The Old School House - Langdon Hills
During the 1800’s it was the responsibility of the church to provide education to the parish children. The Reverend John Moore, rector of Langdon Hills, sent a report to the County Authorities in 1807, “There are no schools in my parish for the educationof the poor” but it was not until 1834 before a school was built on the north side of the church in the crook of the ‘L’ made by the nave and north transept. The north window was bricked up but when the school building fell into disuse and destroyed the window was un-bricked.
A new school (The Old Schoolhouse) was built in 1860 on a piece of waste land by the road side, at a cost of £200. The land was donated by Mr J Dimsdale of Goldsmiths Manor. The building was substantially built of red brickwork, thirteen and half inches thick up to the eaves reducing to nine inches to the gables, the roof was thatched. There was one main room where the teaching took place, a kitchen which had stairs that led to a bedroom the same size as the kitchen. The kitchen and school room had a back to back fireplace with another in the bedroom.
At the back of the building was a toilet block which included a urinal and two water closets. In the ground to the south of the building was built an impressive cess pit, it would therefore appear that they had mains water from the outset.
In 1880 it was considered too small by the Council of Education and a 10ft extension was built at the northern end at an additional cost of £50 and soon afterwards another outside toilet was built at this end of the building.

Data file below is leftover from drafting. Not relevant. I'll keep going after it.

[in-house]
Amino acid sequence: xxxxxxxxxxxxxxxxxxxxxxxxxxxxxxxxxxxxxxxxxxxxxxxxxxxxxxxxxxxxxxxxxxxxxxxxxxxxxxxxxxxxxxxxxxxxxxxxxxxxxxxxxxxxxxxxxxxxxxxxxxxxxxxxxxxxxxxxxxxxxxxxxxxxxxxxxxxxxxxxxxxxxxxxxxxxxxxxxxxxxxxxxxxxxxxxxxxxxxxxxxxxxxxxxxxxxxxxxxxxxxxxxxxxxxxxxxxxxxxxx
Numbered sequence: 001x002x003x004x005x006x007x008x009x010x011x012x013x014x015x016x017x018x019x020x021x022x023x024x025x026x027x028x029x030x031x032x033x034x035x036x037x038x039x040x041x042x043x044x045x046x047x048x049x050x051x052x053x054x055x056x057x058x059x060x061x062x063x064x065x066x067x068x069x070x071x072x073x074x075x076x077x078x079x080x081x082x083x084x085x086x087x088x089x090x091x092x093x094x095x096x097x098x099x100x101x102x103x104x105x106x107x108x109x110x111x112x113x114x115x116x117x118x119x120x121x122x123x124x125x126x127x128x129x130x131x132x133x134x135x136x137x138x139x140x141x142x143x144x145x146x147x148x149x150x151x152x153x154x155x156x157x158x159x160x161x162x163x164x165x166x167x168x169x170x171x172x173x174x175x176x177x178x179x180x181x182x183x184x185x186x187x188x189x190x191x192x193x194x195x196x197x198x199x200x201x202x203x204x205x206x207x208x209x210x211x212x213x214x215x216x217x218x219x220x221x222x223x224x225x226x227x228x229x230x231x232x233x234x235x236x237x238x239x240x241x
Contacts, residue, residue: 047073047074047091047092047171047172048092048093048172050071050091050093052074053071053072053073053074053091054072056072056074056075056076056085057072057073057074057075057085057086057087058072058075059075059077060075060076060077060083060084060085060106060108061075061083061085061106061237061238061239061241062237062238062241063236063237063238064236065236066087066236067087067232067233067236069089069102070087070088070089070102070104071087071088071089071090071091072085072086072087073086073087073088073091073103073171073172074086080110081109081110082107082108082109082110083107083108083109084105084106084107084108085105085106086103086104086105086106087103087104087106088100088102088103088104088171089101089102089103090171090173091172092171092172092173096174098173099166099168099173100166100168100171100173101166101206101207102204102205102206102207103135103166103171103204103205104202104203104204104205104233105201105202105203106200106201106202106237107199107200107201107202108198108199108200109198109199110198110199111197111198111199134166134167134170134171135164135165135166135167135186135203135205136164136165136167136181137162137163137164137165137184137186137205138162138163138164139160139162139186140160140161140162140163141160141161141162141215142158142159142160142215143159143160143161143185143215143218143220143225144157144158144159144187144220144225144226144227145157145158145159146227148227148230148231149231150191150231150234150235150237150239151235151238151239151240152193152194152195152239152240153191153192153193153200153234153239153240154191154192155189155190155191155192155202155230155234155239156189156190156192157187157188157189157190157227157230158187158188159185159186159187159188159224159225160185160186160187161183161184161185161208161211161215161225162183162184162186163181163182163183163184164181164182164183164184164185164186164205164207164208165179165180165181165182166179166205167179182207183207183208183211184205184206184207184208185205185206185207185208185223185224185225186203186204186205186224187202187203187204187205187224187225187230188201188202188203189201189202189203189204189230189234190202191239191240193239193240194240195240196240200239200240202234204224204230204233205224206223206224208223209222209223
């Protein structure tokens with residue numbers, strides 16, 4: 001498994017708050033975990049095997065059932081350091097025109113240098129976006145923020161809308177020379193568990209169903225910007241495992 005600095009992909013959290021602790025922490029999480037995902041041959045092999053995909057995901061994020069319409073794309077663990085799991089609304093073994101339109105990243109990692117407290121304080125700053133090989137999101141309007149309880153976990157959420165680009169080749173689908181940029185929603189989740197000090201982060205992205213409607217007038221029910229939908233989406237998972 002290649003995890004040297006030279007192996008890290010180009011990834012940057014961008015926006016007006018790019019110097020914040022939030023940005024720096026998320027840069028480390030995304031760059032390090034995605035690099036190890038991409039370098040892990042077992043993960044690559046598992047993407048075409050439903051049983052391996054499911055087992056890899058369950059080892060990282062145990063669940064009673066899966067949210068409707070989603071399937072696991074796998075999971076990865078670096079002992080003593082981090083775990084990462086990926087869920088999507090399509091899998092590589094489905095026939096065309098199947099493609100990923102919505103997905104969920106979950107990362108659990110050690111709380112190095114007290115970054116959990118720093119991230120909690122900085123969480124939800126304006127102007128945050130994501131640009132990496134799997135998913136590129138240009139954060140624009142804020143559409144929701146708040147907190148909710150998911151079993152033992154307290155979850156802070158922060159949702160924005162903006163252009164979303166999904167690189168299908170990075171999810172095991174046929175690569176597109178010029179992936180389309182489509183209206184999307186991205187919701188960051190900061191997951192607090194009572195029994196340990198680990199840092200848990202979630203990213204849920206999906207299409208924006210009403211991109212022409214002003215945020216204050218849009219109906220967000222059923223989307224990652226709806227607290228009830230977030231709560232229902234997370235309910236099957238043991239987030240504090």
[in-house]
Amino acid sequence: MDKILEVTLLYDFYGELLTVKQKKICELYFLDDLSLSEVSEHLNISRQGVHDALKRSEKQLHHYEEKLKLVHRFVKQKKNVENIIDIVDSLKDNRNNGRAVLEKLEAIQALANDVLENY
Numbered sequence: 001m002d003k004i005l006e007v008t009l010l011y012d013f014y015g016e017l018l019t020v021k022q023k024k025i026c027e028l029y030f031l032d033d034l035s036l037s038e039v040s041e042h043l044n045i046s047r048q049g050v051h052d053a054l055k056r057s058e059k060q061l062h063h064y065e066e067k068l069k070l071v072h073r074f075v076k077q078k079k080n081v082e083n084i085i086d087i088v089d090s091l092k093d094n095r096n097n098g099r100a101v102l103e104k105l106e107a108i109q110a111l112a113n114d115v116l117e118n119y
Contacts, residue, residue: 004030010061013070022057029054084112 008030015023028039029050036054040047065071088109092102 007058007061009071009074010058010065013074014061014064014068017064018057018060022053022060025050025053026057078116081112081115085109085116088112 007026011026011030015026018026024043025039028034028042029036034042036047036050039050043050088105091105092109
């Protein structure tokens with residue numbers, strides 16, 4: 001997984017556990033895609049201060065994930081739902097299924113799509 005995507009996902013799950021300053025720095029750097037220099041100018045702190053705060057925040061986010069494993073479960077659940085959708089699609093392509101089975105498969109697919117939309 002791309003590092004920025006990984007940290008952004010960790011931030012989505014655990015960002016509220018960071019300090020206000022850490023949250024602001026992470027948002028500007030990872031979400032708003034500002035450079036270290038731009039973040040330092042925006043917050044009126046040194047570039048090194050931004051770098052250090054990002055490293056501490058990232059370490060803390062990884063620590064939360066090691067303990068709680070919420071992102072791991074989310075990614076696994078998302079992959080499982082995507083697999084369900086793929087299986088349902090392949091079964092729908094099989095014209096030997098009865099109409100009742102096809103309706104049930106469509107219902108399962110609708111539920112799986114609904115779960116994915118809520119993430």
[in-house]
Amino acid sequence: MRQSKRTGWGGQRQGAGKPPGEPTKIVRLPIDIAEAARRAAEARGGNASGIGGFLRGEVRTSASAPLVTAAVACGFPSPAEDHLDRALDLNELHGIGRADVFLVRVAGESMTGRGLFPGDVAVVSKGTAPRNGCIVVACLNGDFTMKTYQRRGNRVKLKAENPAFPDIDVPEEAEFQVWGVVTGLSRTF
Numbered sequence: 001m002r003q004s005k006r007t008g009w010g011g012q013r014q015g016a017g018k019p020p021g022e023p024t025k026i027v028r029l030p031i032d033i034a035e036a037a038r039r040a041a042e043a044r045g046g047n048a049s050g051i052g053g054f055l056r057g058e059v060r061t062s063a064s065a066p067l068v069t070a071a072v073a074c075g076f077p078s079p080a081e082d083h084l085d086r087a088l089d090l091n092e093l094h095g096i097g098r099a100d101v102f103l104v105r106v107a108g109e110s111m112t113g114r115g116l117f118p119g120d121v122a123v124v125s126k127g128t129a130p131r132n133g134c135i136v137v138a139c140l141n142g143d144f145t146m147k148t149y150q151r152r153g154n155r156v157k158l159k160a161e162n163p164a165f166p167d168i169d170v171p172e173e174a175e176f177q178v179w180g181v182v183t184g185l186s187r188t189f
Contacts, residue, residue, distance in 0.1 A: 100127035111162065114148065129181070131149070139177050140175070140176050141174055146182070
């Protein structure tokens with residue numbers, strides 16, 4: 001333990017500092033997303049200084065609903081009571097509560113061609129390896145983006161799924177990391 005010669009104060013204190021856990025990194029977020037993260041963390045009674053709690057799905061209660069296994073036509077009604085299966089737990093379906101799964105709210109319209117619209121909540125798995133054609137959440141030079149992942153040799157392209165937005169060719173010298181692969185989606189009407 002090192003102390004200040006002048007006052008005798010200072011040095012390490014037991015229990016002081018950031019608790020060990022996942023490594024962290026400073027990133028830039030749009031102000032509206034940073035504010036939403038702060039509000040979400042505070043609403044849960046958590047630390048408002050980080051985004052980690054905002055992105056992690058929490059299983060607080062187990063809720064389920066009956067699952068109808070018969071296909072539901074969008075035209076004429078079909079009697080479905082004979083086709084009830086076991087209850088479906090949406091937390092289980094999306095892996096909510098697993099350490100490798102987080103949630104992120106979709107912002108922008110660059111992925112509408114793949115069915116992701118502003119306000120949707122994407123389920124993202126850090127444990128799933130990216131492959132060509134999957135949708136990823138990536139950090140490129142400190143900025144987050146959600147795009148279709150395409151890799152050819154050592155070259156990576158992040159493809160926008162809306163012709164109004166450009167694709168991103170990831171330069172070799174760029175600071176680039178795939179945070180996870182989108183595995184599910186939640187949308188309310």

The average attendance at this time was about 35 but with the increasing population overcrowding occasionally occurred, when this happened the Crown Hotel was used. By 1900 however, the average attendance had dropped to 25.
Sir Joseph Dimsdale, son of Mr J Dimsdale in 1899 provided at extra piece of land for a playground. When he became Lord Mayor of London in 1901/2 he invited the school children to the Mansion House to witness the Coronation Procession of King Edward VII and Queen Alexandra and at a later date for lunch at the Mansion House. Each child was given a silver medal in a red morocco case.
The school came under the auspices of the National Society. The society was formed on the 16th October 1811 and at its first meeting its aims were outline in the following statement. “That the National Religion should be made the foundation of National Education and should be the first and chief thing taught to the poor, according to the excellent Liturgy and catechism provided by our Church.” The society was the Church of England’s principle agent for the establishment of Anglican schools in England and Wales and continues today to have an important role supporting the Church of England and Wales schools and their teachers.
The first schoolteacher was believed to be Mrs Eliza Seaton and the last Mrs Fothergill, who subsequently became the first head teacher of the new Langdon Hills Board School that was built in 1911. Board schools came into being following the 1870 Education Act.
After the closure of the school in 1911, the building stayed in the hands of the church, being rented out first as a home, then used by a potter in the 1970’s and finally by the church as tea rooms until it was sold in 2001. The thatched roof unfortunately disappeared in the 1960’s.The building has been renovated and is now a very desirable property.